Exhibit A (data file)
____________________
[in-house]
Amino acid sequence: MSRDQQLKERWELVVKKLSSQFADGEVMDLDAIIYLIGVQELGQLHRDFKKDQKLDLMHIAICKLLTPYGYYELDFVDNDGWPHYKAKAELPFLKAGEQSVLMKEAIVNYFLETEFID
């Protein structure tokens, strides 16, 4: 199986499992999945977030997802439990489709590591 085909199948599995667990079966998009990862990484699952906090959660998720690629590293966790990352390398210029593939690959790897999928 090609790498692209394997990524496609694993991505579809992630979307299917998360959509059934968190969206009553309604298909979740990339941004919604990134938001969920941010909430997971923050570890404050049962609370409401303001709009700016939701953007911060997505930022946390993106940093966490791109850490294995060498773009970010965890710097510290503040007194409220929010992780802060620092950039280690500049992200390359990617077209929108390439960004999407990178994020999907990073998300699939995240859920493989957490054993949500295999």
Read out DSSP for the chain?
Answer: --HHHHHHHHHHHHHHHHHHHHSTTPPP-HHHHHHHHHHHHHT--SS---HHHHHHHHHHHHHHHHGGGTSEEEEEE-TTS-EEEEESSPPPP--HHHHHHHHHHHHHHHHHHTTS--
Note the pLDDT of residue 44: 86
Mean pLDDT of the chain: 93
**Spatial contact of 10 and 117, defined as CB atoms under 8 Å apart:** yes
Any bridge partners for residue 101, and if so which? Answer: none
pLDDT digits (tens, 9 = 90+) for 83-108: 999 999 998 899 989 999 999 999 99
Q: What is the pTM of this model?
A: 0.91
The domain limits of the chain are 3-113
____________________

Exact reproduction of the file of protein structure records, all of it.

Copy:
[in-house]
Amino acid sequence: MSRDQQLKERWELVVKKLSSQFADGEVMDLDAIIYLIGVQELGQLHRDFKKDQKLDLMHIAICKLLTPYGYYELDFVDNDGWPHYKAKAELPFLKAGEQSVLMKEAIVNYFLETEFID
């Protein structure tokens, strides 16, 4: 199986499992999945977030997802439990489709590591 085909199948599995667990079966998009990862990484699952906090959660998720690629590293966790990352390398210029593939690959790897999928 090609790498692209394997990524496609694993991505579809992630979307299917998360959509059934968190969206009553309604298909979740990339941004919604990134938001969920941010909430997971923050570890404050049962609370409401303001709009700016939701953007911060997505930022946390993106940093966490791109850490294995060498773009970010965890710097510290503040007194409220929010992780802060620092950039280690500049992200390359990617077209929108390439960004999407990178994020999907990073998300699939995240859920493989957490054993949500295999």
Read out DSSP for the chain?
Answer: --HHHHHHHHHHHHHHHHHHHHSTTPPP-HHHHHHHHHHHHHT--SS---HHHHHHHHHHHHHHHHGGGTSEEEEEE-TTS-EEEEESSPPPP--HHHHHHHHHHHHHHHHHHTTS--
Note the pLDDT of residue 44: 86
Mean pLDDT of the chain: 93
**Spatial contact of 10 and 117, defined as CB atoms under 8 Å apart:** yes
Any bridge partners for residue 101, and if so which? Answer: none
pLDDT digits (tens, 9 = 90+) for 83-108: 999 999 998 899 989 999 999 999 99
Q: What is the pTM of this model?
A: 0.91
The domain limits of the chain are 3-113